Understanding Downsizer Contributions to Super

The Australian Federal Government introduced the Seniors Downsizing Contributions in 2018 with various updates on the rules since then.  The goal of the downsizing contributions to super was for older Australians to sell their larger homes, freeing up money to fund themselves in retirement. Not only addressing the housing shortages but providing retirees with financial security and stability, to enjoy a more comfortable lifestyle.

Financial stability in retirement

Having a financial plan for your retirement is important to provide you with financial stability to enjoy the things you want to do and to be prepared for any unforeseen circumstances.

Downsizer’s benefits

Downsizing is an effective strategy if you’re approaching retirement or are already retired, especially if you are selling your property anyway.  It involves selling an asset, like a bigger house to move some of your money into a ‘concessionally taxed environment’. In other words, an environment with lower taxes. This may help increase available income so you can enjoy a more fulfilling lifestyle. Plus, if your super is in an account-based pension, it’s tax-free on a balance of up to $1.9 Million (depending on when your pension commenced), so you aren’t taxed on investment earnings or pension payments.

For example, if you are moving from Sydney to Port Macquarie to enjoy the beautiful beaches and easy-going lifestyle, you can free up more funds to enjoy that lifestyle, rather than having the money tied up in an asset that you have to maintain and that no longer serves you.

Other strategies are also worth considering that may be more suitable to your circumstances and future needs. Make sure you check in with a Financial Planner before you make any firm decisions.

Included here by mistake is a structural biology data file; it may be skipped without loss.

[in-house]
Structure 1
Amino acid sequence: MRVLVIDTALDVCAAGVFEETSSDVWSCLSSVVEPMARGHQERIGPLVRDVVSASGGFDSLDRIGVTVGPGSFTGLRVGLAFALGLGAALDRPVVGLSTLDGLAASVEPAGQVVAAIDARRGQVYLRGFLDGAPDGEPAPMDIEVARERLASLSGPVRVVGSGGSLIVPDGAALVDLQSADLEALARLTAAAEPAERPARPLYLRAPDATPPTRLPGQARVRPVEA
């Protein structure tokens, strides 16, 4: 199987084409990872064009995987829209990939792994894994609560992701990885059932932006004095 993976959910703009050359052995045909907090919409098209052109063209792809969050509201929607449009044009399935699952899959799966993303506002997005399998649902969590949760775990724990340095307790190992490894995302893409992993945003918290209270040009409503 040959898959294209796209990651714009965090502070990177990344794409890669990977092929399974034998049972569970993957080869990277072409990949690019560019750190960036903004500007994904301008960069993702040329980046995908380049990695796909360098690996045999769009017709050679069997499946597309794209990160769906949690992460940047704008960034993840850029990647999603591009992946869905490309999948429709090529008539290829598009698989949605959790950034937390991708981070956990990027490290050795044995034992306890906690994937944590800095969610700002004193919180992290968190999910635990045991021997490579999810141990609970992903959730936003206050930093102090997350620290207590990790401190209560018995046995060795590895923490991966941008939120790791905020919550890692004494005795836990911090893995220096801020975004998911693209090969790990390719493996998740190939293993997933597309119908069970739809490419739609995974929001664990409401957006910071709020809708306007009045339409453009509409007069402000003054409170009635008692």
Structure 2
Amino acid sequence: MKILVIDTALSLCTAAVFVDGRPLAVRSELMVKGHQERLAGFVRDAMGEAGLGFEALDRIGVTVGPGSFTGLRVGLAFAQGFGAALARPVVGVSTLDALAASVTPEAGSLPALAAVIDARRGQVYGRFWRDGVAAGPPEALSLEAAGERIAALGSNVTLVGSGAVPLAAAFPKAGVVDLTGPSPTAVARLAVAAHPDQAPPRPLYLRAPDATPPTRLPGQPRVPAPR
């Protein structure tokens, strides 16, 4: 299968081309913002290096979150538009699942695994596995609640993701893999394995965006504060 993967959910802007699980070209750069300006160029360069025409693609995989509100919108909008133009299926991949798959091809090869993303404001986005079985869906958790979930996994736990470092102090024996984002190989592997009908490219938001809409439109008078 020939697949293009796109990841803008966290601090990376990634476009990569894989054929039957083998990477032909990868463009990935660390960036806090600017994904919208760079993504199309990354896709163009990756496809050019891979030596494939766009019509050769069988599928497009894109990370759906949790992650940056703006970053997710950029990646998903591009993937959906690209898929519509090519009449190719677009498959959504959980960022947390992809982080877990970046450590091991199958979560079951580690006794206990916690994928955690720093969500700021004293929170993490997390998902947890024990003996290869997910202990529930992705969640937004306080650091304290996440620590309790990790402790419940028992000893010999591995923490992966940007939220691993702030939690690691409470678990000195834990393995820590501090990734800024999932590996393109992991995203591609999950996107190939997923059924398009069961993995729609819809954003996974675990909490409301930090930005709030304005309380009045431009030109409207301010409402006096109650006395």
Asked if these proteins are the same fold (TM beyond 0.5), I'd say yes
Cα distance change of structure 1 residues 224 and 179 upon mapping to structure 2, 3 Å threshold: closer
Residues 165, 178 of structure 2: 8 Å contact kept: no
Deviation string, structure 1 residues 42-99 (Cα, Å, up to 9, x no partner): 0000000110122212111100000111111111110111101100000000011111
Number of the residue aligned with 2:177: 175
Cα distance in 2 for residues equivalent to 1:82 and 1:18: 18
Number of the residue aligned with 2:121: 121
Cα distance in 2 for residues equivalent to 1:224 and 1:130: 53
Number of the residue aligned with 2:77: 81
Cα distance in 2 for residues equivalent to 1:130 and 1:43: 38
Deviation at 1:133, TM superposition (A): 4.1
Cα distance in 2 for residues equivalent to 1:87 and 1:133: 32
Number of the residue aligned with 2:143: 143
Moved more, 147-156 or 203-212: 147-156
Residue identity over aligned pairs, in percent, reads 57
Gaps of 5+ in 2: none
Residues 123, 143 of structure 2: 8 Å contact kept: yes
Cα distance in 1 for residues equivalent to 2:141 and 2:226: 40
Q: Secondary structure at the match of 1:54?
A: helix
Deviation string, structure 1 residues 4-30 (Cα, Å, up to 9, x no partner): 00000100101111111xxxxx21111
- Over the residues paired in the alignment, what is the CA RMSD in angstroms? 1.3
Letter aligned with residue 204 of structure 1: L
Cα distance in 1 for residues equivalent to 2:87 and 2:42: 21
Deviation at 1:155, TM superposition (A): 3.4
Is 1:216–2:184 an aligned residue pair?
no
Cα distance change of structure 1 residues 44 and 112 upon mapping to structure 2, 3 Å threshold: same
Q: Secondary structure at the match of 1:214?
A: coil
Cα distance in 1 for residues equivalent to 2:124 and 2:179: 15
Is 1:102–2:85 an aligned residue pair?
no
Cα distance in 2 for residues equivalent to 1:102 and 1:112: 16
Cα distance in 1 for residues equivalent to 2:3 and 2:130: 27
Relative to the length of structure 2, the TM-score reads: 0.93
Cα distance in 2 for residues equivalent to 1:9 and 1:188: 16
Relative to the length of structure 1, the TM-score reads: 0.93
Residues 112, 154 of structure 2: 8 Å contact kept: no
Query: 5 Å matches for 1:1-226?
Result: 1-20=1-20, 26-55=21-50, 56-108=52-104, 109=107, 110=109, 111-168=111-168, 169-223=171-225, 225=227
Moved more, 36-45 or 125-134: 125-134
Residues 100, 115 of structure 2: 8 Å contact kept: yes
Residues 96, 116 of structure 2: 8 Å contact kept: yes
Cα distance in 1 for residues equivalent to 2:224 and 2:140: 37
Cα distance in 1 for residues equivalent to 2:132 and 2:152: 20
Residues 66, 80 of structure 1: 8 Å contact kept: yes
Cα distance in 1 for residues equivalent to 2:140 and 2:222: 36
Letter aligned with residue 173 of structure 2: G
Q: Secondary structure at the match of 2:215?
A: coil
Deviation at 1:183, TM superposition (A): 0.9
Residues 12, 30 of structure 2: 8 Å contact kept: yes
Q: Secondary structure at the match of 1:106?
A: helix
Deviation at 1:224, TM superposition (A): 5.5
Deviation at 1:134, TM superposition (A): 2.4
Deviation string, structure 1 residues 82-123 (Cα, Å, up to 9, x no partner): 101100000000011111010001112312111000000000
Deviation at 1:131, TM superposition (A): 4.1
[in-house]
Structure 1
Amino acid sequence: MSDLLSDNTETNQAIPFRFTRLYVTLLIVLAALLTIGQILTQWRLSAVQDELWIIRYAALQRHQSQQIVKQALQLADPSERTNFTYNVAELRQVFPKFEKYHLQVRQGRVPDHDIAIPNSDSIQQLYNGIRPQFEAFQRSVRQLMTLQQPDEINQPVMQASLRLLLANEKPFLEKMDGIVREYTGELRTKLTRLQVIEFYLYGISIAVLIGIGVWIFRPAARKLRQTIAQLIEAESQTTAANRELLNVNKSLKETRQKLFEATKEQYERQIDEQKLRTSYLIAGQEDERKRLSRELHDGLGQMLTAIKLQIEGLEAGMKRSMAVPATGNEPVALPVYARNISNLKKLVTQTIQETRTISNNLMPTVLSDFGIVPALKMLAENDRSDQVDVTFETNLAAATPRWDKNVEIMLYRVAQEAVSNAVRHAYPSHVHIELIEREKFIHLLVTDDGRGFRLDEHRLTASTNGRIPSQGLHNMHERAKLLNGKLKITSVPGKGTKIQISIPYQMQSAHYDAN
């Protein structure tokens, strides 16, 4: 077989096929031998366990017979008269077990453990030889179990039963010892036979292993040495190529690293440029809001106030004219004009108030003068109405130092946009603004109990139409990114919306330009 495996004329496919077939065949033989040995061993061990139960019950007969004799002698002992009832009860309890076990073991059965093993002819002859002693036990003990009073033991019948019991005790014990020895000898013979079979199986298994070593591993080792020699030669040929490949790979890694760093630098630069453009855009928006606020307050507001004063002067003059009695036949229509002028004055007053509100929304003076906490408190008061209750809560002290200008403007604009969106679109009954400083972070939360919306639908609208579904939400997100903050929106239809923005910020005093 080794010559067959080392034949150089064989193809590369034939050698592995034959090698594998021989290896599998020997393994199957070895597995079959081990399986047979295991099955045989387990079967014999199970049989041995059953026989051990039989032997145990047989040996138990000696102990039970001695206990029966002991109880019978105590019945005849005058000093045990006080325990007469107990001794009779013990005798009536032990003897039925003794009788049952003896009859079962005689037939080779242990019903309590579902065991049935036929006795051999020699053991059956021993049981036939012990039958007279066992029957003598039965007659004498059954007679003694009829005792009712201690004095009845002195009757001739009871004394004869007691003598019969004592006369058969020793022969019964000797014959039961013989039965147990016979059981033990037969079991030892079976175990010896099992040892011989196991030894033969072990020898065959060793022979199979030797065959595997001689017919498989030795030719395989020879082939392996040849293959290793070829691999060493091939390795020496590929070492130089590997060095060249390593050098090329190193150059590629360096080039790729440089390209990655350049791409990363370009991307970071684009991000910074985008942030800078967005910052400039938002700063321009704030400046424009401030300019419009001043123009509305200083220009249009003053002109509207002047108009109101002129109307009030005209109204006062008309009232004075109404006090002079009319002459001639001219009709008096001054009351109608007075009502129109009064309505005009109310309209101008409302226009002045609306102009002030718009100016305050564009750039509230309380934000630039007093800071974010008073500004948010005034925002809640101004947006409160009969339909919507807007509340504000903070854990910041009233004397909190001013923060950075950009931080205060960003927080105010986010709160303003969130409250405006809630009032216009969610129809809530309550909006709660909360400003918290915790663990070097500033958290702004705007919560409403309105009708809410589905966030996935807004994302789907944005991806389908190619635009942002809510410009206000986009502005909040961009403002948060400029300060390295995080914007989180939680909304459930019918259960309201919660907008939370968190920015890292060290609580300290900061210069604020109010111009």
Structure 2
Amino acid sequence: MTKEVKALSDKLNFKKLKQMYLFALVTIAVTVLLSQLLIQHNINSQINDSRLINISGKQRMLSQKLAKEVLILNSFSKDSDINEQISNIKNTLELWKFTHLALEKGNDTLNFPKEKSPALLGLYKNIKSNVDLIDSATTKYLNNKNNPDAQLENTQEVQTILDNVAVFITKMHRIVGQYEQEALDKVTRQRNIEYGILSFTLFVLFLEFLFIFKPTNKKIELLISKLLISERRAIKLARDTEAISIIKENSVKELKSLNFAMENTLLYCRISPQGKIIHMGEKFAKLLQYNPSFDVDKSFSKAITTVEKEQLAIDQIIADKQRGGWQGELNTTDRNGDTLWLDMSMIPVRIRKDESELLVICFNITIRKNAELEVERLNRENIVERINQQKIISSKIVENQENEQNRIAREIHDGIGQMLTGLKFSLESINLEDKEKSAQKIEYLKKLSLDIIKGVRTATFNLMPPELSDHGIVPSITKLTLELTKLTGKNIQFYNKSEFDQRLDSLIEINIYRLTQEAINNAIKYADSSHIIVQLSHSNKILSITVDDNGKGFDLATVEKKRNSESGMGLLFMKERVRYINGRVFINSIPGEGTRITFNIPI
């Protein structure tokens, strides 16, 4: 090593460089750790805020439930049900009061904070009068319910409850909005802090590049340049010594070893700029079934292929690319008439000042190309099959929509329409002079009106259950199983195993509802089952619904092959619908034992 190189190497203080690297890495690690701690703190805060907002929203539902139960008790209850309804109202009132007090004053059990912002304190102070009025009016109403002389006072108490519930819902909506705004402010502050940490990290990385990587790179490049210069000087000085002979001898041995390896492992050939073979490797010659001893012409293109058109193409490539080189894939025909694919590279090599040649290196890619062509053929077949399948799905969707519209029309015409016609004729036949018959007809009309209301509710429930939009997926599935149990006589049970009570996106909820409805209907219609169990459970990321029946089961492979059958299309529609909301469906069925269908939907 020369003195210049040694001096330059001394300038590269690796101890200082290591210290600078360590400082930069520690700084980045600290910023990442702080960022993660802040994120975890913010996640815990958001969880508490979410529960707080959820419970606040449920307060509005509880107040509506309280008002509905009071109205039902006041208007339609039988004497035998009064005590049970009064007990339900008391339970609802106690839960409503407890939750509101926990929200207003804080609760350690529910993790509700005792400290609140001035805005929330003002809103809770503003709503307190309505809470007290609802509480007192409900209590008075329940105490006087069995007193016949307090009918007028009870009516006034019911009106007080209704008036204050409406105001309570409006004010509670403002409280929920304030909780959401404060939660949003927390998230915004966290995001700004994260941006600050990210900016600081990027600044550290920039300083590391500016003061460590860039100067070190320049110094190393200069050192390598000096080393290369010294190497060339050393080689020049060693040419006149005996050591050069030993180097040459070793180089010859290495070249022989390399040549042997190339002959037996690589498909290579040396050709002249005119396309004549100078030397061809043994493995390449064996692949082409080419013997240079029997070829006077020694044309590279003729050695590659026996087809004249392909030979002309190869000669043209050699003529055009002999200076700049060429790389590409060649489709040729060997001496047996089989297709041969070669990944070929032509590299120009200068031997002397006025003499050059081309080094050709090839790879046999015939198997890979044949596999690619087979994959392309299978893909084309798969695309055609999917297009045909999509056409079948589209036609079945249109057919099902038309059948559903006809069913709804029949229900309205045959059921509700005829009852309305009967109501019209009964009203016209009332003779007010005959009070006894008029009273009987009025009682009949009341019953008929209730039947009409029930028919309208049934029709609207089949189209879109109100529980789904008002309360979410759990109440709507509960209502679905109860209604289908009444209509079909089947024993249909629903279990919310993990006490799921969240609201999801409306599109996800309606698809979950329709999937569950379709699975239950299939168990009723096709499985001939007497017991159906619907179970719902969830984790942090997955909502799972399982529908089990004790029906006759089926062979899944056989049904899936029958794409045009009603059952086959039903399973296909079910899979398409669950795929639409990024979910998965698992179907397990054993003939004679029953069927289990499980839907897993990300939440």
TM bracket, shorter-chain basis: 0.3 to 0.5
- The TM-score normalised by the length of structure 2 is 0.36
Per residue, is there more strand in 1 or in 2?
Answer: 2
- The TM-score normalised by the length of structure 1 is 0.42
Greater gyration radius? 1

Your guide to downsizing contribution rules

  1. You must be over the age of 55 to access this scheme. There are no upper age limits and you don’t need to be working.
  2. If you’re single, you can make a personal superannuation contribution of up to $300,000 from the proceeds of the sale of a house that you have owned for over 10 years, and you need to have lived in it at some point. For a couple, you can contribute up to $600,000 (combined). Note that the property doesn’t have to be owned by both of you to make a combined contribution of $600,000.
  3. If the proceeds from the sale of the property are less than $300,000, then you will only be able to contribute that amount to the superannuation and you can’t top it up from any other sources to make it $300,000.
  4. An investment property that neither you nor your partner has lived in, is not eligible for this scheme. Neither is a houseboat, caravan, or mobile home.
  5. You can only use downsizer from the sale of one dwelling and this is a one-time application only.
  6. Contributions can be over and above any other voluntary contributions that you make under the current contribution rules and concessional and non-concessional caps.
  7. You must contribute within 90 days of the settlement date – this is important to note because if you don’t meet that deadline, you will not be able to participate in this scheme.
  8. There are no restrictions on your super balance when making a downsizer contribution.
  9. All proceeds made from the sale of your home will be assessable for Centrelink purposes, whether the funds are contributed to your super or not. So be careful and make sure you get financial advice before you take advantage of this scheme.

This article has been written in partnership with local expert, Suzie Barnaby, Financial Planner and Partner of Morgans Financial Limited -Port Macquarie.

Whilst this article contains some general information in relation to downsizer contributions, you should consult with a licenced financial adviser or accountant in relation to meeting the eligibility criteria and the steps involved.

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